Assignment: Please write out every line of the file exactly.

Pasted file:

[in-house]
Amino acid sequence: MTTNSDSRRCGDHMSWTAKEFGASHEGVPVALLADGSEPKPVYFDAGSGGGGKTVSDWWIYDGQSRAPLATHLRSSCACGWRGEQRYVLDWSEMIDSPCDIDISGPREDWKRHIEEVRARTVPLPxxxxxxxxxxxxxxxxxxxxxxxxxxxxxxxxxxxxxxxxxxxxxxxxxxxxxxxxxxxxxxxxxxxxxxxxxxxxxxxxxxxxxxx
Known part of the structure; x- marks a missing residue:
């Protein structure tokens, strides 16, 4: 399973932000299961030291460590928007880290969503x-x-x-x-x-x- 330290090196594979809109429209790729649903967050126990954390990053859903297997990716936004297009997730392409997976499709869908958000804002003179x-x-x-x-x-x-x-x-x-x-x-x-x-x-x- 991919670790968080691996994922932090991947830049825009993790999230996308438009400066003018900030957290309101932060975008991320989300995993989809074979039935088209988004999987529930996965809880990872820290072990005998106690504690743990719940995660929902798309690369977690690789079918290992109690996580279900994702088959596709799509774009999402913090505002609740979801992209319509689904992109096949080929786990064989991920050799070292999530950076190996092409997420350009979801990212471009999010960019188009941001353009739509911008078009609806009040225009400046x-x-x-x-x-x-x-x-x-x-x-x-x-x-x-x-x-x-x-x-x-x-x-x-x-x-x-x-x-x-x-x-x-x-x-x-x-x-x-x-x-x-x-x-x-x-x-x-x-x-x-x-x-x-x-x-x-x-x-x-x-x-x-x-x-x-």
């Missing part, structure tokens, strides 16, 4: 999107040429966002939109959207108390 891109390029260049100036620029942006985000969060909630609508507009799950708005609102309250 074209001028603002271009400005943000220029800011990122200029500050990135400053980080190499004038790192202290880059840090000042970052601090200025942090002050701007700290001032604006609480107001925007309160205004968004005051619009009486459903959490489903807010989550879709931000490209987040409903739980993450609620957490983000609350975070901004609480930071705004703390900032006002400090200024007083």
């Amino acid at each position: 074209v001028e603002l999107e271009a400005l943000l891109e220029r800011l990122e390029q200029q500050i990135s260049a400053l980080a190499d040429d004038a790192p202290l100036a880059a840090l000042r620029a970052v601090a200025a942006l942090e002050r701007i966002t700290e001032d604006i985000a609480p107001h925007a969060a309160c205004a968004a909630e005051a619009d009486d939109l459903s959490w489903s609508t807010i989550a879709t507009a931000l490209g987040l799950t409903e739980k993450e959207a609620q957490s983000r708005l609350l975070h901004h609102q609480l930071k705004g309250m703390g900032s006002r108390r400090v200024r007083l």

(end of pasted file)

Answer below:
[in-house]
Amino acid sequence: MTTNSDSRRCGDHMSWTAKEFGASHEGVPVALLADGSEPKPVYFDAGSGGGGKTVSDWWIYDGQSRAPLATHLRSSCACGWRGEQRYVLDWSEMIDSPCDIDISGPREDWKRHIEEVRARTVPLPxxxxxxxxxxxxxxxxxxxxxxxxxxxxxxxxxxxxxxxxxxxxxxxxxxxxxxxxxxxxxxxxxxxxxxxxxxxxxxxxxxxxxxx
Known part of the structure; x- marks a missing residue:
């Protein structure tokens, strides 16, 4: 399973932000299961030291460590928007880290969503x-x-x-x-x-x- 330290090196594979809109429209790729649903967050126990954390990053859903297997990716936004297009997730392409997976499709869908958000804002003179x-x-x-x-x-x-x-x-x-x-x-x-x-x-x- 991919670790968080691996994922932090991947830049825009993790999230996308438009400066003018900030957290309101932060975008991320989300995993989809074979039935088209988004999987529930996965809880990872820290072990005998106690504690743990719940995660929902798309690369977690690789079918290992109690996580279900994702088959596709799509774009999402913090505002609740979801992209319509689904992109096949080929786990064989991920050799070292999530950076190996092409997420350009979801990212471009999010960019188009941001353009739509911008078009609806009040225009400046x-x-x-x-x-x-x-x-x-x-x-x-x-x-x-x-x-x-x-x-x-x-x-x-x-x-x-x-x-x-x-x-x-x-x-x-x-x-x-x-x-x-x-x-x-x-x-x-x-x-x-x-x-x-x-x-x-x-x-x-x-x-x-x-x-x-």
């Missing part, structure tokens, strides 16, 4: 999107040429966002939109959207108390 891109390029260049100036620029942006985000969060909630609508507009799950708005609102309250 074209001028603002271009400005943000220029800011990122200029500050990135400053980080190499004038790192202290880059840090000042970052601090200025942090002050701007700290001032604006609480107001925007309160205004968004005051619009009486459903959490489903807010989550879709931000490209987040409903739980993450609620957490983000609350975070901004609480930071705004703390900032006002400090200024007083």
């Amino acid at each position: 074209v001028e603002l999107e271009a400005l943000l891109e220029r800011l990122e390029q200029q500050i990135s260049a400053l980080a190499d040429d004038a790192p202290l100036a880059a840090l000042r620029a970052v601090a200025a942006l942090e002050r701007i966002t700290e001032d604006i985000a609480p107001h925007a969060a309160c205004a968004a909630e005051a619009d009486d939109l459903s959490w489903s609508t807010i989550a879709t507009a931000l490209g987040l799950t409903e739980k993450e959207a609620q957490s983000r708005l609350l975070h901004h609102q609480l930071k705004g309250m703390g900032s006002r108390r400090v200024r007083l």